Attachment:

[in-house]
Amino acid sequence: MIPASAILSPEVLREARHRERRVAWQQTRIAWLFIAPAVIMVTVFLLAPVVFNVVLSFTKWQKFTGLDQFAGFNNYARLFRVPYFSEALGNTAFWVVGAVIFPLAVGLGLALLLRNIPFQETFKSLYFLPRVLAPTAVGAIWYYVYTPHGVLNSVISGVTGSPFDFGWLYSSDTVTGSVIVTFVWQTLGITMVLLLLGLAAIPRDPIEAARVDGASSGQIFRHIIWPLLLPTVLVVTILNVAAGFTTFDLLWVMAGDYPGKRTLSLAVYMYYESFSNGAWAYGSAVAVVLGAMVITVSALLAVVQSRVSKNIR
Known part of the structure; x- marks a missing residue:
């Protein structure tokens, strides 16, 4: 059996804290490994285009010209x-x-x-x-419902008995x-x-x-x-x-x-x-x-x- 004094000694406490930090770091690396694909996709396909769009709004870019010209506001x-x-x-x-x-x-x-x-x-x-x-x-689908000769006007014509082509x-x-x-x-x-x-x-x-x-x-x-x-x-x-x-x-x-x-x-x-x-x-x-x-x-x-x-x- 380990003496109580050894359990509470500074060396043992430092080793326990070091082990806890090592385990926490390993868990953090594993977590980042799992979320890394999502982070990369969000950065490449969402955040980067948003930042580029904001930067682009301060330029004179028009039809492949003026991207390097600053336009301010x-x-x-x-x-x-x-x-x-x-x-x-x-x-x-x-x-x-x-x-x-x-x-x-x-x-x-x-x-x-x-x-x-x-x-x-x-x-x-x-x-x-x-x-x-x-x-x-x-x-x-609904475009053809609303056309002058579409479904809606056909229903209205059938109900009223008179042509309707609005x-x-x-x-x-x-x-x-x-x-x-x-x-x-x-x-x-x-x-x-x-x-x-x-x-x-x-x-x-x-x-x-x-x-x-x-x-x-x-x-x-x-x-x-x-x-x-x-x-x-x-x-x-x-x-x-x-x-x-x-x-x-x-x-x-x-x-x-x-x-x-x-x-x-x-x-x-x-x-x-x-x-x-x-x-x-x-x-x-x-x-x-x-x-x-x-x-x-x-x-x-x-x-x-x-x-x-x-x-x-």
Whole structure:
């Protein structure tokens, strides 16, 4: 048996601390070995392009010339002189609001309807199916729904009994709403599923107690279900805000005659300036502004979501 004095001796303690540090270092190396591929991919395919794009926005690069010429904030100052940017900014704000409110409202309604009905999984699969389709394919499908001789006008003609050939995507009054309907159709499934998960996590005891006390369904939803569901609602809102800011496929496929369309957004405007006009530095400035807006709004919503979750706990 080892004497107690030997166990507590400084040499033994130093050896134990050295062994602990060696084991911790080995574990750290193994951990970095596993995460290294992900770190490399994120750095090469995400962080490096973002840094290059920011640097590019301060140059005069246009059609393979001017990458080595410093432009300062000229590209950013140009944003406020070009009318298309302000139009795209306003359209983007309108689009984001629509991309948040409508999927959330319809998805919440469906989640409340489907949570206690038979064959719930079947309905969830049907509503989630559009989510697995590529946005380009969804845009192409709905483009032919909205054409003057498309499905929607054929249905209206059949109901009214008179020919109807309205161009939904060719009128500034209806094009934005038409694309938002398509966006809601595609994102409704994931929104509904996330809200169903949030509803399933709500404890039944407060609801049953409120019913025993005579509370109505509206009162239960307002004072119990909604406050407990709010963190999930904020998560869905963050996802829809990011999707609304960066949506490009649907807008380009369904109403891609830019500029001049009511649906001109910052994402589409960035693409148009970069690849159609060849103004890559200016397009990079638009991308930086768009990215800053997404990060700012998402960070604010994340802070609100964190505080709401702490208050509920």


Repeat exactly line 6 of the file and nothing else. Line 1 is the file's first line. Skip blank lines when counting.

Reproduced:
């Protein structure tokens, strides 16, 4: 048996601390070995392009010339002189609001309807199916729904009994709403599923107690279900805000005659300036502004979501 004095001796303690540090270092190396591929991919395919794009926005690069010429904030100052940017900014704000409110409202309604009905999984699969389709394919499908001789006008003609050939995507009054309907159709499934998960996590005891006390369904939803569901609602809102800011496929496929369309957004405007006009530095400035807006709004919503979750706990 080892004497107690030997166990507590400084040499033994130093050896134990050295062994602990060696084991911790080995574990750290193994951990970095596993995460290294992900770190490399994120750095090469995400962080490096973002840094290059920011640097590019301060140059005069246009059609393979001017990458080595410093432009300062000229590209950013140009944003406020070009009318298309302000139009795209306003359209983007309108689009984001629509991309948040409508999927959330319809998805919440469906989640409340489907949570206690038979064959719930079947309905969830049907509503989630559009989510697995590529946005380009969804845009192409709905483009032919909205054409003057498309499905929607054929249905209206059949109901009214008179020919109807309205161009939904060719009128500034209806094009934005038409694309938002398509966006809601595609994102409704994931929104509904996330809200169903949030509803399933709500404890039944407060609801049953409120019913025993005579509370109505509206009162239960307002004072119990909604406050407990709010963190999930904020998560869905963050996802829809990011999707609304960066949506490009649907807008380009369904109403891609830019500029001049009511649906001109910052994402589409960035693409148009970069690849159609060849103004890559200016397009990079638009991308930086768009990215800053997404990060700012998402960070604010994340802070609100964190505080709401702490208050509920």